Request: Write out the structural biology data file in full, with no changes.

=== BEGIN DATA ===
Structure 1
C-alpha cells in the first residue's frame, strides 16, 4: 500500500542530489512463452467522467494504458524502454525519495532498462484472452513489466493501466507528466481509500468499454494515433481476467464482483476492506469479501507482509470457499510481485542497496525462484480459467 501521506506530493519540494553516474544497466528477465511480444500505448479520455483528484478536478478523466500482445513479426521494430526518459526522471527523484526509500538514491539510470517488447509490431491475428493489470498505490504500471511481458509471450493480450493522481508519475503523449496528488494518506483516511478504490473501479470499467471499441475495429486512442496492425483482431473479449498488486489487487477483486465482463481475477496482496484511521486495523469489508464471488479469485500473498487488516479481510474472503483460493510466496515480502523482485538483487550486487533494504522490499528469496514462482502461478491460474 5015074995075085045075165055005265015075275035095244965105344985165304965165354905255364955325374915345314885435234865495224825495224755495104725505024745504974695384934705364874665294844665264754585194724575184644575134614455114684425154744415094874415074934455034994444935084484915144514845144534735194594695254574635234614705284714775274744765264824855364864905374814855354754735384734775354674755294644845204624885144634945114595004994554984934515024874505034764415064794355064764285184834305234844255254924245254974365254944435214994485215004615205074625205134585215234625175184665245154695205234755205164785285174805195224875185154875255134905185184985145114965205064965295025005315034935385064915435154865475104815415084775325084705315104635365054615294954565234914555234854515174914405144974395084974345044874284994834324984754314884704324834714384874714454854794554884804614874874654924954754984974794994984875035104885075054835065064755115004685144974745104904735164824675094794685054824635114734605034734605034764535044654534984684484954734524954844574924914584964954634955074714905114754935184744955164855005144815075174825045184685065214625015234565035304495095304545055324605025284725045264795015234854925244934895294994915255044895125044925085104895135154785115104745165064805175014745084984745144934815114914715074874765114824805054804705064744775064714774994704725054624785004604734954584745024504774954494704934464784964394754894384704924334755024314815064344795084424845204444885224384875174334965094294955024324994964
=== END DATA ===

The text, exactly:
Structure 1
C-alpha cells in the first residue's frame, strides 16, 4: 500500500542530489512463452467522467494504458524502454525519495532498462484472452513489466493501466507528466481509500468499454494515433481476467464482483476492506469479501507482509470457499510481485542497496525462484480459467 501521506506530493519540494553516474544497466528477465511480444500505448479520455483528484478536478478523466500482445513479426521494430526518459526522471527523484526509500538514491539510470517488447509490431491475428493489470498505490504500471511481458509471450493480450493522481508519475503523449496528488494518506483516511478504490473501479470499467471499441475495429486512442496492425483482431473479449498488486489487487477483486465482463481475477496482496484511521486495523469489508464471488479469485500473498487488516479481510474472503483460493510466496515480502523482485538483487550486487533494504522490499528469496514462482502461478491460474 5015074995075085045075165055005265015075275035095244965105344985165304965165354905255364955325374915345314885435234865495224825495224755495104725505024745504974695384934705364874665294844665264754585194724575184644575134614455114684425154744415094874415074934455034994444935084484915144514845144534735194594695254574635234614705284714775274744765264824855364864905374814855354754735384734775354674755294644845204624885144634945114595004994554984934515024874505034764415064794355064764285184834305234844255254924245254974365254944435214994485215004615205074625205134585215234625175184665245154695205234755205164785285174805195224875185154875255134905185184985145114965205064965295025005315034935385064915435154865475104815415084775325084705315104635365054615294954565234914555234854515174914405144974395084974345044874284994834324984754314884704324834714384874714454854794554884804614874874654924954754984974794994984875035104885075054835065064755115004685144974745104904735164824675094794685054824635114734605034734605034764535044654534984684484954734524954844574924914584964954634955074714905114754935184744955164855005144815075174825045184685065214625015234565035304495095304545055324605025284725045264795015234854925244934895294994915255044895125044925085104895135154785115104745165064805175014745084984745144934815114914715074874765114824805054804705064744775064714774994704725054624785004604734954584745024504774954494704934464784964394754894384704924334755024314815064344795084424845204444885224384875174334965094294955024324994964